Overall, we were quite happy with the photos produced by the E-30. Although its weakness seems to be high-contrast light (which may require 14-bit processing rather than its 12-bit, to adequately capture the dynamic range), it otherwise fares very well. Under most conditions, it renders very accurate colours, even correct exposures, and, with a good lens, a very sharp image. While the sensitivity range maxes out at ISO 3,200, photos are usable all the way up (depending upon scene content, of course), and excellent at ISO 800 and below.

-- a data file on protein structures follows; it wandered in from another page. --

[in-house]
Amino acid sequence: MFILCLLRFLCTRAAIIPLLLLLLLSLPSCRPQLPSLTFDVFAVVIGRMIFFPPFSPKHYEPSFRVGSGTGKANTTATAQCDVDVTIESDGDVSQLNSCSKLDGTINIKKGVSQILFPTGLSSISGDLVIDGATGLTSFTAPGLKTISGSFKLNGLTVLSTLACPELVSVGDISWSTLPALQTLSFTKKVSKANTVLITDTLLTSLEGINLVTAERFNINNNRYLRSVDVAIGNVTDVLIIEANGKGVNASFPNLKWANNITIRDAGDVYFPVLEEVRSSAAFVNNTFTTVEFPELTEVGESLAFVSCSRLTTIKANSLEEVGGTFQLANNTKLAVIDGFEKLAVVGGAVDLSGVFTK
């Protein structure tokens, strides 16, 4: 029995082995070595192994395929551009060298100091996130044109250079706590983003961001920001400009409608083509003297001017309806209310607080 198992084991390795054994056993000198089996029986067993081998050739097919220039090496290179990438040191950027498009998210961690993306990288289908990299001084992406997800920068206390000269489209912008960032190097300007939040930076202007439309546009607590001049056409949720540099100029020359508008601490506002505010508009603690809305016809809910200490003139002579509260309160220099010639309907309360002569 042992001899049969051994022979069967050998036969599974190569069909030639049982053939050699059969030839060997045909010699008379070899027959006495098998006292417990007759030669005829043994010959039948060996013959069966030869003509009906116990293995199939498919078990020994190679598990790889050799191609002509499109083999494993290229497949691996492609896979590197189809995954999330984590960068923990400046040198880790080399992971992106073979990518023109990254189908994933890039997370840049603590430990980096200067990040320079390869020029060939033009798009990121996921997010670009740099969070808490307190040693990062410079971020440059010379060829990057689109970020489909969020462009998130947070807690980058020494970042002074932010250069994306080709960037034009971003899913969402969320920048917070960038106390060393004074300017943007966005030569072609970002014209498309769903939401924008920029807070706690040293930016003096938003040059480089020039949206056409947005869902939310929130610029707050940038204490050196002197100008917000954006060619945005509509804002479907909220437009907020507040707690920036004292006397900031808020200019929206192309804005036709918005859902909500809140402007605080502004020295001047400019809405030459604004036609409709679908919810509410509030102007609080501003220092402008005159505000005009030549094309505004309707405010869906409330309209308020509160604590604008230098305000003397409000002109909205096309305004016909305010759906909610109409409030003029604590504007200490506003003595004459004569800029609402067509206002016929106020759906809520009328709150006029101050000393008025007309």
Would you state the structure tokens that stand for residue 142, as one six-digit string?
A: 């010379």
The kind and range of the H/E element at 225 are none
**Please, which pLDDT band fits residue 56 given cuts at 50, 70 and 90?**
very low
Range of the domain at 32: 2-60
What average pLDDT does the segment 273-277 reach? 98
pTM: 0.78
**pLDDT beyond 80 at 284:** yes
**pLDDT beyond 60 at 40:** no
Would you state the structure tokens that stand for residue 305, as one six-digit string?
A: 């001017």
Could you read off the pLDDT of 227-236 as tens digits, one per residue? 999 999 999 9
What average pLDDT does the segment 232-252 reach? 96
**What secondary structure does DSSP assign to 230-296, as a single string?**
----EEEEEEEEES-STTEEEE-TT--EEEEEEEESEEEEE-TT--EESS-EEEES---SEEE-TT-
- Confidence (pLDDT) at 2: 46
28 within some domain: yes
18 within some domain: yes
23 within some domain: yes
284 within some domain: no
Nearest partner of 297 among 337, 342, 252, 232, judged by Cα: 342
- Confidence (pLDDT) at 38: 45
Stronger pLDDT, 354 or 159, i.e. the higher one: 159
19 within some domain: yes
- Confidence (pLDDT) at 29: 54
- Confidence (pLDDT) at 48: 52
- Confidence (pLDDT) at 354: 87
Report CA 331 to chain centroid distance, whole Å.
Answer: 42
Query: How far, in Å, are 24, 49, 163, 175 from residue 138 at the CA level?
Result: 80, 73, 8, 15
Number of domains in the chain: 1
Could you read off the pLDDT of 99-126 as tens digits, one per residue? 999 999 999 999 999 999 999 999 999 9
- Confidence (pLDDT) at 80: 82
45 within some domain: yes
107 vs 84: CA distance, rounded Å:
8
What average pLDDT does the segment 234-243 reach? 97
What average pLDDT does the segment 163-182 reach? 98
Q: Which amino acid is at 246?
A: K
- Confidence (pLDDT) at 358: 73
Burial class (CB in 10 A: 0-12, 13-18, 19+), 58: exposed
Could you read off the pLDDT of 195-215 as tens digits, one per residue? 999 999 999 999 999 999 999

(Shorter bars indicate better performance)
|Time to first shot||Raw shot-to-shot time||Shutter lag (dim light)||Shutter lag (typical)|
(Longer bars indicate better performance)
Much of the E-30's competitive appeal will depend upon trends in the price of it and its competitors. Unless you need the dust- and weather-sealed body construction or better burst performance of the E-3, the higher-resolution E-30 makes a great inexpensive alternative, but we've seen prices for the E-3 dropping. If you're not committed to a system from Canon or Nikon, the Olympus E-30's in-body stabilisation and articulating LCD alone probably make it worth consideration.
Additional editing by Charles Kloet